3. Use your Built-In Camera:
The human eye is estimated to have the equivalent of about 480 megapixels, far more than any camera we use. Too often we don’t take advantage of this built-in super HD camera and rely instead on technology to watch key life events. We worry more about preserving the moment than enjoying it, ultimately taking way more videos and pictures than we will ever be able to watch or enjoy. I’ll admit, I took a lot of videos and pictures during this trip and got my share of “Dad, not another picture” groans. Upon reflection, the most memorable moments of the trip were often when I just enjoyed it. This included our early morning encounter with a herd of Bison crossing the road and witnessing a solar eclipse, experiences that no camera could truly capture the magnificence of. Deeply engrained memories are created by engaging all our senses and I am going to work on doing a better job of watching events with my own eyes and creating more organic memories.
4. Following the Herd:
Sometimes, crowds do know best. On a few poorly marked tourist sites, we decided to follow the crowd and it led us where we needed to go. That said, this should be done with caution. There were times when we saw a bunch of people pulled over on the road with binoculars and glasses. When we asked them what there was to see, they responded that they had pulled over because they saw everyone else had pulled over. Blindly following without asking the right questions can lead you astray.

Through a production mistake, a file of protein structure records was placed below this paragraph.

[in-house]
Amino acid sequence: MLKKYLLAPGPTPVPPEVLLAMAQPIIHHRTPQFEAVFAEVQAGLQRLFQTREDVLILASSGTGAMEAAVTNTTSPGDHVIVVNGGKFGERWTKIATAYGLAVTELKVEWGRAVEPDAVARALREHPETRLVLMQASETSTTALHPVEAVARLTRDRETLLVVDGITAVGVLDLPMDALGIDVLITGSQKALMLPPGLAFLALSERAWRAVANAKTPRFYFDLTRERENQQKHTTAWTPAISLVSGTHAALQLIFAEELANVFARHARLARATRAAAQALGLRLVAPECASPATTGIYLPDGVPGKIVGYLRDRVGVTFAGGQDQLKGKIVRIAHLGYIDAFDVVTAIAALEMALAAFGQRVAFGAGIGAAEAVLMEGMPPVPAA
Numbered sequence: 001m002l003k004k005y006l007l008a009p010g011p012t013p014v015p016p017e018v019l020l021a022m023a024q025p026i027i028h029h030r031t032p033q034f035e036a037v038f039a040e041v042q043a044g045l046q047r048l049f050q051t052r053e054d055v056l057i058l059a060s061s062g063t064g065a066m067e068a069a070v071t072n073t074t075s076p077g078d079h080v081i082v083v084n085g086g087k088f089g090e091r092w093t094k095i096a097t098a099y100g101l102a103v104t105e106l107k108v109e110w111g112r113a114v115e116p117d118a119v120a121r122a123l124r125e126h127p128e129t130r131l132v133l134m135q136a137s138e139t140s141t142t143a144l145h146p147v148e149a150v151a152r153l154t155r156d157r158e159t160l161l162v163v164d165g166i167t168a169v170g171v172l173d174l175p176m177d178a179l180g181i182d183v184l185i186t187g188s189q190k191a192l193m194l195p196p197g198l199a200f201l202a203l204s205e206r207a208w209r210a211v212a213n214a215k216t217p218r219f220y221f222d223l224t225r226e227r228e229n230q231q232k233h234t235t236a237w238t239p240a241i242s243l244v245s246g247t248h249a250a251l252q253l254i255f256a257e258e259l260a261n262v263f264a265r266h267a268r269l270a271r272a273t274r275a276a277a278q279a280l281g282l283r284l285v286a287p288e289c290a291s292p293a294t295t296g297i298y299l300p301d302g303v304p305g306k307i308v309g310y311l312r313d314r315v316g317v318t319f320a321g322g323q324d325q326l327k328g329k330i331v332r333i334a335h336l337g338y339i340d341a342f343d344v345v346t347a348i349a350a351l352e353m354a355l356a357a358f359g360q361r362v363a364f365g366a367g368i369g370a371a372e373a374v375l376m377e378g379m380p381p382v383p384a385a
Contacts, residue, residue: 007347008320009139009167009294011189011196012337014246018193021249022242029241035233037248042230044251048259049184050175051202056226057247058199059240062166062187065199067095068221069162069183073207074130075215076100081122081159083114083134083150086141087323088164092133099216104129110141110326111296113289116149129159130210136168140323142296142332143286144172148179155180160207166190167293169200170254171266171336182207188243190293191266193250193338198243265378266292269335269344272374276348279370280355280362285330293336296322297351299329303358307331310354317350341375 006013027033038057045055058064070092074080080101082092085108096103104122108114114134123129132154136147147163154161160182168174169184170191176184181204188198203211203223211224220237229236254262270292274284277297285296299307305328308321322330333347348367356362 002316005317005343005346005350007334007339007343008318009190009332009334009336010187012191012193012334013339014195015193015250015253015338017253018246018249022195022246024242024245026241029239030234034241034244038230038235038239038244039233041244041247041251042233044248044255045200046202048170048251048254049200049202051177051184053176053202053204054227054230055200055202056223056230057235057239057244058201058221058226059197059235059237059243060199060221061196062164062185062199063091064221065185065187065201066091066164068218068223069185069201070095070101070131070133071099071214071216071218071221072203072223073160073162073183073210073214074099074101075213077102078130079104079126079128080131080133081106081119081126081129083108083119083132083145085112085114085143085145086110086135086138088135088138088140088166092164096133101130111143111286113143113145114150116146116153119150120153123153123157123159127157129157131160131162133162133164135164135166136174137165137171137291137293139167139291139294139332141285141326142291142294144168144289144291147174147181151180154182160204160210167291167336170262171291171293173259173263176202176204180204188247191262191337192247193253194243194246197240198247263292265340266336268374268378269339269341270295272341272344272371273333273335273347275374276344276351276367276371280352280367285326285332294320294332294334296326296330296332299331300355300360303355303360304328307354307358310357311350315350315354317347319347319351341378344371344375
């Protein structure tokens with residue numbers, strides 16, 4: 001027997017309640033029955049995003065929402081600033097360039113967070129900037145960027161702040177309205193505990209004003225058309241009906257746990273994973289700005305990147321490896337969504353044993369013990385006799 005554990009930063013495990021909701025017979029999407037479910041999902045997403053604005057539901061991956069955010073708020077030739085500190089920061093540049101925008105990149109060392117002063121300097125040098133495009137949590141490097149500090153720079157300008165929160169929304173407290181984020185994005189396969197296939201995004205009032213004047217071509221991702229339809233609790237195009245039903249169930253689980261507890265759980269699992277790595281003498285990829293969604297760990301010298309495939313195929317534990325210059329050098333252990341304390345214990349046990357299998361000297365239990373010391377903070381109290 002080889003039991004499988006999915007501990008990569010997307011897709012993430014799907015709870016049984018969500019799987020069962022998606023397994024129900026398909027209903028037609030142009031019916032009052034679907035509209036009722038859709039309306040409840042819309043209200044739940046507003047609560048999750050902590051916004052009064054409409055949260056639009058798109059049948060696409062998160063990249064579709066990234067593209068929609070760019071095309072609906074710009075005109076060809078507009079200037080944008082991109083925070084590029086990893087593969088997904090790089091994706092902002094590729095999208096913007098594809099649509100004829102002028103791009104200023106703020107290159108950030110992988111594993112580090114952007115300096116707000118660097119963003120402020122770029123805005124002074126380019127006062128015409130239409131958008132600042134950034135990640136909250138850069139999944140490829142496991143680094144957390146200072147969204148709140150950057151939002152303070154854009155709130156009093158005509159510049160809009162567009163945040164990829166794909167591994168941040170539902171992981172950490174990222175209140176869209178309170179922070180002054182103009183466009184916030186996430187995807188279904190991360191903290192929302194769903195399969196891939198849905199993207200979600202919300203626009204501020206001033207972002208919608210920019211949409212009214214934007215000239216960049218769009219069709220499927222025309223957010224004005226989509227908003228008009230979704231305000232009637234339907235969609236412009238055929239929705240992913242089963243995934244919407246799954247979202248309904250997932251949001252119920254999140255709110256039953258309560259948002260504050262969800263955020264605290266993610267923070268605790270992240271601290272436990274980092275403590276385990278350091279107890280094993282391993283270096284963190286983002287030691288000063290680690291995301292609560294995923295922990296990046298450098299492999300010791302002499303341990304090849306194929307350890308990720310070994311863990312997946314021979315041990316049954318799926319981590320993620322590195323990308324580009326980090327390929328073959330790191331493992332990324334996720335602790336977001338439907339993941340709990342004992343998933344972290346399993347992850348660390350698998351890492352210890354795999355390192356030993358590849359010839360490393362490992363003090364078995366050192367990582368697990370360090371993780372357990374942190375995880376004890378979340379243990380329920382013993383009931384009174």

5. Less Can be More:
Living with four other people in 200 square feet of space for 10 days gave me some important perspectives. First, I was reminded that happiness is really not connected to material goods. Having less things (clothes, toys, gadgets, cars, shoes, bags, etc.) can be very liberating, especially as we traveled each day with all our possessions. Along our journey, we met many people who had sold their homes and belongings and were now happily living in their RV. They were fully mobile and enjoying life to the fullest. Although I didn’t bring that many clothes, I could have brought half of what I did and been fine.